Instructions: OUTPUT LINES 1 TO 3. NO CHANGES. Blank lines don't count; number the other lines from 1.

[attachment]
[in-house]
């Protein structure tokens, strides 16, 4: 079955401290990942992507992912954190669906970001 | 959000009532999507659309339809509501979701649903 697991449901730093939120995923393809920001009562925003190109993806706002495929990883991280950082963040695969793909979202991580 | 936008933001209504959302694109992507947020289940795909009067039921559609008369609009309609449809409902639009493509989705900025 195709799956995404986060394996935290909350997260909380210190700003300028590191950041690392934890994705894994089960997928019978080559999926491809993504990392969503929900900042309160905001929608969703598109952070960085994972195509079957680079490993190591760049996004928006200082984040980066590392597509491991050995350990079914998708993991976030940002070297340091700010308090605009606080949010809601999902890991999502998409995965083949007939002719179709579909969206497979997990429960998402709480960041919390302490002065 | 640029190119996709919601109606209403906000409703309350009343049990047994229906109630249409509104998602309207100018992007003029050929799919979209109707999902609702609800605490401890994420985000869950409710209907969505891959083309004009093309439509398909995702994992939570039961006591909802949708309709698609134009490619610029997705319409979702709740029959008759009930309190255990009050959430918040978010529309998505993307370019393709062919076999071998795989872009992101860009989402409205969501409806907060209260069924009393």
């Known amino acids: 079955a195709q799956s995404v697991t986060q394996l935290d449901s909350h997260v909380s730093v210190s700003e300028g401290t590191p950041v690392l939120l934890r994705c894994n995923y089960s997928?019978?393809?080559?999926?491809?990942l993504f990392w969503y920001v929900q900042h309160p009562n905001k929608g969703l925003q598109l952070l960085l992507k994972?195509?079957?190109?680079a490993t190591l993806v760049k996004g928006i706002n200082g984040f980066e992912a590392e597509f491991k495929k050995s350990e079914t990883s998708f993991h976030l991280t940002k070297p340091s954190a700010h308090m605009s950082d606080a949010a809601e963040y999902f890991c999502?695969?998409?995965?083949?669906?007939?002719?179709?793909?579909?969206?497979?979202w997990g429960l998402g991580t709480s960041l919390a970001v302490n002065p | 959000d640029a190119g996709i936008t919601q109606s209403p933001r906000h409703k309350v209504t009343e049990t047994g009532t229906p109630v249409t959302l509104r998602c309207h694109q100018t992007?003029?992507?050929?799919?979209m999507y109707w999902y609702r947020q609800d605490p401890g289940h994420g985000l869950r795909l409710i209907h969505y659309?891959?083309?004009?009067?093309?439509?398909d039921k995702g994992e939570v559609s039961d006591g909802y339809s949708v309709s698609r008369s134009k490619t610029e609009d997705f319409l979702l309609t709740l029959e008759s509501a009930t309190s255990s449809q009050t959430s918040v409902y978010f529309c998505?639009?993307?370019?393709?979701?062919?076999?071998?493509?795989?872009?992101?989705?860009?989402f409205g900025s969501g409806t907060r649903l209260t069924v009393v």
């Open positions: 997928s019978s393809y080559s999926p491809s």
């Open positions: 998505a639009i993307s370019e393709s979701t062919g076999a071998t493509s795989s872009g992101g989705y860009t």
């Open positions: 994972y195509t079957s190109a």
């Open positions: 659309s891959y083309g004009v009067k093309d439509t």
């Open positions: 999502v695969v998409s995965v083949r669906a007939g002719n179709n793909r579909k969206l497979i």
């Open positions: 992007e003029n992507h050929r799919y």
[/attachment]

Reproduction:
[in-house]
């Protein structure tokens, strides 16, 4: 079955401290990942992507992912954190669906970001 | 959000009532999507659309339809509501979701649903 697991449901730093939120995923393809920001009562925003190109993806706002495929990883991280950082963040695969793909979202991580 | 936008933001209504959302694109992507947020289940795909009067039921559609008369609009309609449809409902639009493509989705900025 195709799956995404986060394996935290909350997260909380210190700003300028590191950041690392934890994705894994089960997928019978080559999926491809993504990392969503929900900042309160905001929608969703598109952070960085994972195509079957680079490993190591760049996004928006200082984040980066590392597509491991050995350990079914998708993991976030940002070297340091700010308090605009606080949010809601999902890991999502998409995965083949007939002719179709579909969206497979997990429960998402709480960041919390302490002065 | 640029190119996709919601109606209403906000409703309350009343049990047994229906109630249409509104998602309207100018992007003029050929799919979209109707999902609702609800605490401890994420985000869950409710209907969505891959083309004009093309439509398909995702994992939570039961006591909802949708309709698609134009490619610029997705319409979702709740029959008759009930309190255990009050959430918040978010529309998505993307370019393709062919076999071998795989872009992101860009989402409205969501409806907060209260069924009393």
């Known amino acids: 079955a195709q799956s995404v697991t986060q394996l935290d449901s909350h997260v909380s730093v210190s700003e300028g401290t590191p950041v690392l939120l934890r994705c894994n995923y089960s997928?019978?393809?080559?999926?491809?990942l993504f990392w969503y920001v929900q900042h309160p009562n905001k929608g969703l925003q598109l952070l960085l992507k994972?195509?079957?190109?680079a490993t190591l993806v760049k996004g928006i706002n200082g984040f980066e992912a590392e597509f491991k495929k050995s350990e079914t990883s998708f993991h976030l991280t940002k070297p340091s954190a700010h308090m605009s950082d606080a949010a809601e963040y999902f890991c999502?695969?998409?995965?083949?669906?007939?002719?179709?793909?579909?969206?497979?979202w997990g429960l998402g991580t709480s960041l919390a970001v302490n002065p | 959000d640029a190119g996709i936008t919601q109606s209403p933001r906000h409703k309350v209504t009343e049990t047994g009532t229906p109630v249409t959302l509104r998602c309207h694109q100018t992007?003029?992507?050929?799919?979209m999507y109707w999902y609702r947020q609800d605490p401890g289940h994420g985000l869950r795909l409710i209907h969505y659309?891959?083309?004009?009067?093309?439509?398909d039921k995702g994992e939570v559609s039961d006591g909802y339809s949708v309709s698609r008369s134009k490619t610029e609009d997705f319409l979702l309609t709740l029959e008759s509501a009930t309190s255990s449809q009050t959430s918040v409902y978010f529309c998505?639009?993307?370019?393709?979701?062919?076999?071998?493509?795989?872009?992101?989705?860009?989402f409205g900025s969501g409806t907060r649903l209260t069924v009393v």